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In this exercise choose a situation in which you got a “yes” to your request but you are not confident that it was agreed to freely or joyfully. Then explore your response to their “yes”, and possible unexpressed "no", with related observations, judgements, feelings, needs, requests, and alternate strategies that come up.

Roxy Manning delves into the concept of psychological safety, drawing from Amy Edmondson's definition as the shared belief among team members that the team is safe for interpersonal risk-taking. Roxy discusses the common misconception of safety within teams, where the absence of open discussions is mistaken for safety, creating an illusion of negative peace. Negative peace involves avoiding discomfort and maintaining comfort for those with structural or social power, often at the expense of others silently suffering. Roxy emphasizes the importance of differentiating between discomfort and true psychological safety, where teams can openly address challenging issues, even if it means temporary discomfort. She encourages naming and understanding these dynamics to foster a psychologically safe and inclusive team environment.

Trainer Tip

1 - 2 minutes


Trainer Tip: Are you meeting your needs for exercise? Consider which activities would help you meet your needs for physical and emotional health and fun, rather than focusing on what expert opinion says. If you feel overwhelmed and had a hard time sticking to the program feel free to tweak your program so that you enjoy it more.


When we feel pain about humans relate to, and conflict with, one another on Earth what can give us capacity to transform it? Perhaps in connection to the formless consciousness of unity we may relax, open, expand -- and connect to formless human needs, a sense of universal well being, benevolence and good will. Loving action flows from here. Suffering shifts into deep healing, grace and new possibility.

From a Nonviolent Communication (NVC) perspective, expressing vulnerabilities by labeling someone as selfish can create disconnection and conflict. Instead of fostering understanding and support, this type of communication often leads to misunderstanding and defensive reactions. Yoram Mosenzon demonstrates how expressing feelings and needs clearly and without judgment facilitates empathy and mutual understanding. This allows for genuine connection and the possibility of finding mutually satisfying solutions.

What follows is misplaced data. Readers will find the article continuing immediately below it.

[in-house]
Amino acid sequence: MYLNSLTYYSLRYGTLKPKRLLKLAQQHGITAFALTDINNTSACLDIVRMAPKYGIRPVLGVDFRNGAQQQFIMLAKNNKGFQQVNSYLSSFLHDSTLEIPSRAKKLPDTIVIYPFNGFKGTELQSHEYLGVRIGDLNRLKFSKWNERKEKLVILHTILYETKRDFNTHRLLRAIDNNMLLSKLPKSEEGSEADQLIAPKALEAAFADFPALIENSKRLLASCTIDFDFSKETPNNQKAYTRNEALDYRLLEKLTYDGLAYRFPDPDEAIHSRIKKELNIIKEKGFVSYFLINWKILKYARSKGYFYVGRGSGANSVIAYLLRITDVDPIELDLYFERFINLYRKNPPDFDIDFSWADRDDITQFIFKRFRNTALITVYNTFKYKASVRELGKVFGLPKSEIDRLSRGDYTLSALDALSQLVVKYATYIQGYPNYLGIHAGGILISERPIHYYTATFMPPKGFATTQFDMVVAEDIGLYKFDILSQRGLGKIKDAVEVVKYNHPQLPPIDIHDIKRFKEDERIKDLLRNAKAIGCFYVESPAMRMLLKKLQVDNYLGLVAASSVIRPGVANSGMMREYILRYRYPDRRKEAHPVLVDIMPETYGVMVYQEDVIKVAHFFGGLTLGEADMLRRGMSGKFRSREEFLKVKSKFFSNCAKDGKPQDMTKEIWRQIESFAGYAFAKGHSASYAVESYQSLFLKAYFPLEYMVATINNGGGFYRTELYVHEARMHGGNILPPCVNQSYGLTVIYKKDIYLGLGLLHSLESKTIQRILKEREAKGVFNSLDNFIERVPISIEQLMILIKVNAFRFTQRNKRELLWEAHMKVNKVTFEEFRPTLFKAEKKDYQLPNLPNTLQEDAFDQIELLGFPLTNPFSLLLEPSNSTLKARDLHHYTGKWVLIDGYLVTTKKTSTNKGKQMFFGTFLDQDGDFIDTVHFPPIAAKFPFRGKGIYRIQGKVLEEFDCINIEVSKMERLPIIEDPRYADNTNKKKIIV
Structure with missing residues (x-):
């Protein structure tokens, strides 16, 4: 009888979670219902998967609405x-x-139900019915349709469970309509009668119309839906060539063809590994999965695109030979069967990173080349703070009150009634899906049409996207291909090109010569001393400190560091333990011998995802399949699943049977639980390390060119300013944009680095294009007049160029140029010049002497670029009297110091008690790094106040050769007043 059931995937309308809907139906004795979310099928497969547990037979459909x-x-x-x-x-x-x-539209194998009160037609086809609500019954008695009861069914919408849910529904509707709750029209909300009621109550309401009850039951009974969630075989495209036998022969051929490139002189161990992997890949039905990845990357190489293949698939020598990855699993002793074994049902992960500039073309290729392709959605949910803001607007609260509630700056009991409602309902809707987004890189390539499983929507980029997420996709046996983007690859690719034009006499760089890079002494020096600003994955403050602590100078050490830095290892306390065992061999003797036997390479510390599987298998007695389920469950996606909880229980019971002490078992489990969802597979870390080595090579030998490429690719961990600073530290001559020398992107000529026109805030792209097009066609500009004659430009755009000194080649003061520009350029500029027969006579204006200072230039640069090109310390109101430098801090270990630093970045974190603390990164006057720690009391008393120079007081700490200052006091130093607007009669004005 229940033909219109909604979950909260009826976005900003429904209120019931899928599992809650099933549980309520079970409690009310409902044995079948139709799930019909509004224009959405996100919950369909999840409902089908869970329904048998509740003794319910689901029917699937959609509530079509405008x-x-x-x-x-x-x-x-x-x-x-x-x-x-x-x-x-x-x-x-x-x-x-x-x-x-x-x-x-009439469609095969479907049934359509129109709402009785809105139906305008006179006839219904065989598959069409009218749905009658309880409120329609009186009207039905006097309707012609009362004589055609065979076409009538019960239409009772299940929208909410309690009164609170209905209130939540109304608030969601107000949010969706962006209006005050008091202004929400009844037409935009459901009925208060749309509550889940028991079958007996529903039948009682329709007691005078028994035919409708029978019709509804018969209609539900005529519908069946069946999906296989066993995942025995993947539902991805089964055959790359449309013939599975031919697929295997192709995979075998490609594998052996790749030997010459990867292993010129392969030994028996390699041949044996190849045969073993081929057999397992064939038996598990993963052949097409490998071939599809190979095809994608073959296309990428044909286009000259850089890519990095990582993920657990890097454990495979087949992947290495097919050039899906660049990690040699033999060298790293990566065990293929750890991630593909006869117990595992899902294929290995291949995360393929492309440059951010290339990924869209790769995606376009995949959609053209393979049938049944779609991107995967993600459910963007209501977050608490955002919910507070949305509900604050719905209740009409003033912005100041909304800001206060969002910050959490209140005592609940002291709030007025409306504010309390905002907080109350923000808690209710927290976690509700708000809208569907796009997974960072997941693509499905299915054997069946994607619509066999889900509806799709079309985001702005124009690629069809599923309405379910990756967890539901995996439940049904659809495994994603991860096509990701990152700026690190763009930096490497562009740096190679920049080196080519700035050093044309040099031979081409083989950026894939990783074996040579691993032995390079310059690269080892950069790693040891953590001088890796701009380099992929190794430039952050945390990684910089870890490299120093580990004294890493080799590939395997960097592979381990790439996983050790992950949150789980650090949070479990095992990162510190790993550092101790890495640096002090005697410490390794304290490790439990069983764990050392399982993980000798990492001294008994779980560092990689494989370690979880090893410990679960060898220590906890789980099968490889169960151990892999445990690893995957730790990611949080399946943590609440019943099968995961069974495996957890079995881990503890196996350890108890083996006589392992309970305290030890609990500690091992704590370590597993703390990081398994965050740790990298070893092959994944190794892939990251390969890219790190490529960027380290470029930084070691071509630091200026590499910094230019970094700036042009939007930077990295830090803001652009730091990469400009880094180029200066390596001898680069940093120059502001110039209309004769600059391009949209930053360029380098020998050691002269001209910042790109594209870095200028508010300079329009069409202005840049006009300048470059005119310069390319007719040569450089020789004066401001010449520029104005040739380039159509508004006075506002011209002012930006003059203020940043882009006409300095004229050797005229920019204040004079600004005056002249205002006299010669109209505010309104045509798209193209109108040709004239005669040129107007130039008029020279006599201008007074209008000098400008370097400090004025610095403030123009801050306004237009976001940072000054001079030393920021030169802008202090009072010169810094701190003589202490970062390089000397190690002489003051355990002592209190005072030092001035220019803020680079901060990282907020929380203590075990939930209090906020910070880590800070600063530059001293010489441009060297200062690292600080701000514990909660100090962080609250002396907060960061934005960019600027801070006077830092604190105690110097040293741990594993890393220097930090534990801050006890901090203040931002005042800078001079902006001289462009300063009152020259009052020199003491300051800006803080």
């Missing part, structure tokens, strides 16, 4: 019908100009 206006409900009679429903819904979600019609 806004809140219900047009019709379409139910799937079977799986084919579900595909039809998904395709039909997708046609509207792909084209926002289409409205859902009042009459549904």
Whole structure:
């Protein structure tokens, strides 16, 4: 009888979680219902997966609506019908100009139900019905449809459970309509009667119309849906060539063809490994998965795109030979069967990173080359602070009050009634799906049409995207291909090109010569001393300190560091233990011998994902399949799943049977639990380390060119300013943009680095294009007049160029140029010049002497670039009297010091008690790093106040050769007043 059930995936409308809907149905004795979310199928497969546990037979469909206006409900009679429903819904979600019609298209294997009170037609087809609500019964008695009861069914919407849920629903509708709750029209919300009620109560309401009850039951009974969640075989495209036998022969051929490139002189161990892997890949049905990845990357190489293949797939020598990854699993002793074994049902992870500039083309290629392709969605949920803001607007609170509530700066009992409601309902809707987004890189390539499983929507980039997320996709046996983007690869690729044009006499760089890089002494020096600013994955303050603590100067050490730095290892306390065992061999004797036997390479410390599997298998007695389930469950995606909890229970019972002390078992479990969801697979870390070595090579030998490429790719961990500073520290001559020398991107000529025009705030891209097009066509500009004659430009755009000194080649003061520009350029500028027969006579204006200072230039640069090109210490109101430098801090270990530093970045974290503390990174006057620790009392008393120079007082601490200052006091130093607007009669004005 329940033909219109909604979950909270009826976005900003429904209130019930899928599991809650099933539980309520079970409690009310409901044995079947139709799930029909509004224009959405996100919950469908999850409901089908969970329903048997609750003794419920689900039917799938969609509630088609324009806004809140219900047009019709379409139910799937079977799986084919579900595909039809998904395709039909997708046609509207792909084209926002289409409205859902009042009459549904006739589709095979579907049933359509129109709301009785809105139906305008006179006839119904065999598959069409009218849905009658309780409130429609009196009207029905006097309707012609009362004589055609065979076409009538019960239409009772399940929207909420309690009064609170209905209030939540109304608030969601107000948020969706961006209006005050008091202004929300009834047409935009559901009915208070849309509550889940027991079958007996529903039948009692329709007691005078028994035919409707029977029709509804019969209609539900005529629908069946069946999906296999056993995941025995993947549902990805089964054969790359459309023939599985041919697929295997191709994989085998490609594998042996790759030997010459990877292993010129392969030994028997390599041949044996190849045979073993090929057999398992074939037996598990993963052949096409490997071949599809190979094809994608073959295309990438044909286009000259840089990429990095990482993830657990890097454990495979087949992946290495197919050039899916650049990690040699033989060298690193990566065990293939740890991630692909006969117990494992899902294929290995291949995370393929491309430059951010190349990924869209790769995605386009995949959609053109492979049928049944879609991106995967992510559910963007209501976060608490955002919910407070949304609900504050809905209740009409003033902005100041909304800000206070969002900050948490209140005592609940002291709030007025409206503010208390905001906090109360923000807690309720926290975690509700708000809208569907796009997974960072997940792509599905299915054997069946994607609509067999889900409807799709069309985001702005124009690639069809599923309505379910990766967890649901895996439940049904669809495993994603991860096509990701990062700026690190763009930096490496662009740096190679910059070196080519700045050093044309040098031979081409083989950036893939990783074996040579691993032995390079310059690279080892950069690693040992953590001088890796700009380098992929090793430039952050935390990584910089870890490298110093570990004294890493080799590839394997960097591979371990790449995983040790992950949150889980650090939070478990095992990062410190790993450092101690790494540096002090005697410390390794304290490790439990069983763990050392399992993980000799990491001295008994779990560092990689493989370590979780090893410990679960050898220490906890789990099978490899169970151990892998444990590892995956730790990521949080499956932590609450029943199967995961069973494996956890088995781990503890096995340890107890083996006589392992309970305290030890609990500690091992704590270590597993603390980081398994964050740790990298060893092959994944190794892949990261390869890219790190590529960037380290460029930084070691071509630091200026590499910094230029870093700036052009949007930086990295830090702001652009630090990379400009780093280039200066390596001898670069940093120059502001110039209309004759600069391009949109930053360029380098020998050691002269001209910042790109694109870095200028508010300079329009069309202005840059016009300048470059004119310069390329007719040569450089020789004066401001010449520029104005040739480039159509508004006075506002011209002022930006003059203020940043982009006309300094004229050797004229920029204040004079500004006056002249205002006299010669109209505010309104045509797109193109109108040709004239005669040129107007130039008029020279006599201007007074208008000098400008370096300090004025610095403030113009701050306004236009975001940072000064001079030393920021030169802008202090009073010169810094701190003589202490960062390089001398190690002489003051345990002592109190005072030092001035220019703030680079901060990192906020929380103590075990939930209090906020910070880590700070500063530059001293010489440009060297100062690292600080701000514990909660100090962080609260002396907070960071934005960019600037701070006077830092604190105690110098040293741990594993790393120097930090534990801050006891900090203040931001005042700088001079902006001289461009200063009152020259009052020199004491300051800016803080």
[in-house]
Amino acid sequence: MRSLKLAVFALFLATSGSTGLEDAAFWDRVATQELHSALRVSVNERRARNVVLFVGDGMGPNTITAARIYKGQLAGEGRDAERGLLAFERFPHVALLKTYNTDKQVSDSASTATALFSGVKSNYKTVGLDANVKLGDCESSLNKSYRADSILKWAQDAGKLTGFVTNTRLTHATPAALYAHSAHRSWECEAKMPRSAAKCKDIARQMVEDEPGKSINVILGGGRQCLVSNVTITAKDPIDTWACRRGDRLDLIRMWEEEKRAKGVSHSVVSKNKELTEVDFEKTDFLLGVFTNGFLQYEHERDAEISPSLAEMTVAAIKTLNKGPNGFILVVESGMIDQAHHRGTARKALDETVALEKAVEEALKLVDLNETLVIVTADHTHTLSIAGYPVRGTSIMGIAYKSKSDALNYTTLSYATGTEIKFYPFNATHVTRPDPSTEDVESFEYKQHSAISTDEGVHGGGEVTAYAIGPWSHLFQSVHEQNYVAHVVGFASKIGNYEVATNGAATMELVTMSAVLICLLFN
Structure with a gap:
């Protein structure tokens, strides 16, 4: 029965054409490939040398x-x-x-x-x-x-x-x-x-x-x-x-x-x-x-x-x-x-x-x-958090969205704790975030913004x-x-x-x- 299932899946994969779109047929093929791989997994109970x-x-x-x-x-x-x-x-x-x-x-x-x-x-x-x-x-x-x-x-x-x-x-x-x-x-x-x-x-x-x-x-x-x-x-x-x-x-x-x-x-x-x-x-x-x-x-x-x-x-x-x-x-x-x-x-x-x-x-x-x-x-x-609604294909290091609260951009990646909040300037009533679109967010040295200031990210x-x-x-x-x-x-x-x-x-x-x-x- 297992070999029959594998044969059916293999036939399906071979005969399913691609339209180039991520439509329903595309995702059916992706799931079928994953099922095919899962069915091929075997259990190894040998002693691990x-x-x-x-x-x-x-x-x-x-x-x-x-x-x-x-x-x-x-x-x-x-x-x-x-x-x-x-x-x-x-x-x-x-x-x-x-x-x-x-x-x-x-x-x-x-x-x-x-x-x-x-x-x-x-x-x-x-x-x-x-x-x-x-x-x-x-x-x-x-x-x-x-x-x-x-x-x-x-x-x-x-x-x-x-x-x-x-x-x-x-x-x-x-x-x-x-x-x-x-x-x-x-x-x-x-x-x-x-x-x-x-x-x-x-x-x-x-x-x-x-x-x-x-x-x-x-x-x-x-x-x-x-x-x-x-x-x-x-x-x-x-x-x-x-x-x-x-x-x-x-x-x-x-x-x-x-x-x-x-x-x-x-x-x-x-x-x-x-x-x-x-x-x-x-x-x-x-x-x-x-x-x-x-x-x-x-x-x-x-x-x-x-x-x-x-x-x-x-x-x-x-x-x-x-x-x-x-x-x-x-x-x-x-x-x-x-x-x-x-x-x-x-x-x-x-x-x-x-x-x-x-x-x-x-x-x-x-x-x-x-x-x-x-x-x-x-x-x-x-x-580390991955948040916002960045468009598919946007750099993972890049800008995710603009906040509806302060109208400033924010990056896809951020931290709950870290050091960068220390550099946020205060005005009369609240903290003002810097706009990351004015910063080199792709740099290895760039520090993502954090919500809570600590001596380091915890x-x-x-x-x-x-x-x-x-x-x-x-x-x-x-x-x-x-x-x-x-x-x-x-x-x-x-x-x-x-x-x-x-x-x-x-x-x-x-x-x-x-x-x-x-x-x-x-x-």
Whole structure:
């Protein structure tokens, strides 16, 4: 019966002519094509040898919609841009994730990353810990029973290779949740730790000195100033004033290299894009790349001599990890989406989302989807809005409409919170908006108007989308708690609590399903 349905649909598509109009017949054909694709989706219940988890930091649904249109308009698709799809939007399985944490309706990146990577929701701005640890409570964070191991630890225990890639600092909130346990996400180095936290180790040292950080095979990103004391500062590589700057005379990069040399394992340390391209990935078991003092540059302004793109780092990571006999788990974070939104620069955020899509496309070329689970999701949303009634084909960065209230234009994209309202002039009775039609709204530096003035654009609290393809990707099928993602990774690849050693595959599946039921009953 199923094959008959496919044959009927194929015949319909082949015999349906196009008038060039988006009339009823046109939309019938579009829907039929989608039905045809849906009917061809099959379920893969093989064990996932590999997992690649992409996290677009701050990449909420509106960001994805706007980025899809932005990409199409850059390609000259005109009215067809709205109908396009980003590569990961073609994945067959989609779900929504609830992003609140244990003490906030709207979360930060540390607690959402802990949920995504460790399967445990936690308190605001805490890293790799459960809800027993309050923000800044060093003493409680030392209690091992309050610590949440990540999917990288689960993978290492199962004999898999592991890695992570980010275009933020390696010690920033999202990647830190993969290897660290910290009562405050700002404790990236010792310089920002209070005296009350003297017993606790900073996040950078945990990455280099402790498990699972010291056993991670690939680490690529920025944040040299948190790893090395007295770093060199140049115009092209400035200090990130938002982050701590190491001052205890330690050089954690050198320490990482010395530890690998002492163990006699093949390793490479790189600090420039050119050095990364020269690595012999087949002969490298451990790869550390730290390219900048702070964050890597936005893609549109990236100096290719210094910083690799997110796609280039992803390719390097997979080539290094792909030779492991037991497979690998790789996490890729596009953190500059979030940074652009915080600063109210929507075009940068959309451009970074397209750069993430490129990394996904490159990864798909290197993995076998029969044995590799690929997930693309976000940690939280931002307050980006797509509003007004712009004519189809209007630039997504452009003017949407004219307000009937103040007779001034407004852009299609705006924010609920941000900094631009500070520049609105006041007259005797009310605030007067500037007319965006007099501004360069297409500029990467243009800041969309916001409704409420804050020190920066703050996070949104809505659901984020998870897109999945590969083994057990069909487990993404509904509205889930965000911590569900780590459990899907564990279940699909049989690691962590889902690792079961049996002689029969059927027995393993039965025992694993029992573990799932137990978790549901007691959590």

It can seem like anger protects you. But it's your ability to name your needs, honor your range of feelings, and act on your needs that keeps you healthy and safe. When you remain present for an emotion and allow it to flow, it'll last just over a minute and dissolve, making room for the next layer of experience. Practice noticing any anger you have, without resistance. Set up self-empathy or space be heard empathically.

As parents, aligning our values with our actual behavior can be challenging. In this video, Roxy discusses the importance of modeling behavior for children, both in how they handle challenges and in their overall approach to life. Her message encourages using real-life examples to show that everyone is a work in progress and that it's okay not to be perfect.

Historically, work, education, resources, land, animals, and relationships were intertwined, shattered by capitalism and industrialization. We transitioned from communal self-sufficiency to individualism, industry, and smaller families. To avert extinction and thrive, we need to reconstruct social systems, emphasizing the commons, uniting communities with the land and resources in interdependent, regenerative harmony.


Learning Tool

10 minutes


Feelings and Needs form the cornerstone of Nonviolent Communication (NVC), offering a profound framework for cultivating empathy, compassion, and authenticity in our interactions. This comprehensive 9-page Feelings and Needs Reference Guide is designed to support you in integrating these vital concepts into your daily life.

Roxy Manning discusses the tendency to get attached to certain parenting strategies for control and emphasizes the importance of attuning to the child's needs rather than imposing fixed ideas of right or wrong. Using a personal example of being labeled a "bad child" for taking off uncomfortable dresses, Roxy highlights the need to observe and understand the child's perspective. She stresses the importance of moving away from rigid ideas about the perfect strategy and instead focusing on what is happening in the moment to better address both the child's and the parent's needs. Roxy encourages flexibility in parenting strategies and urges parents to check in on their motivations for seeking control.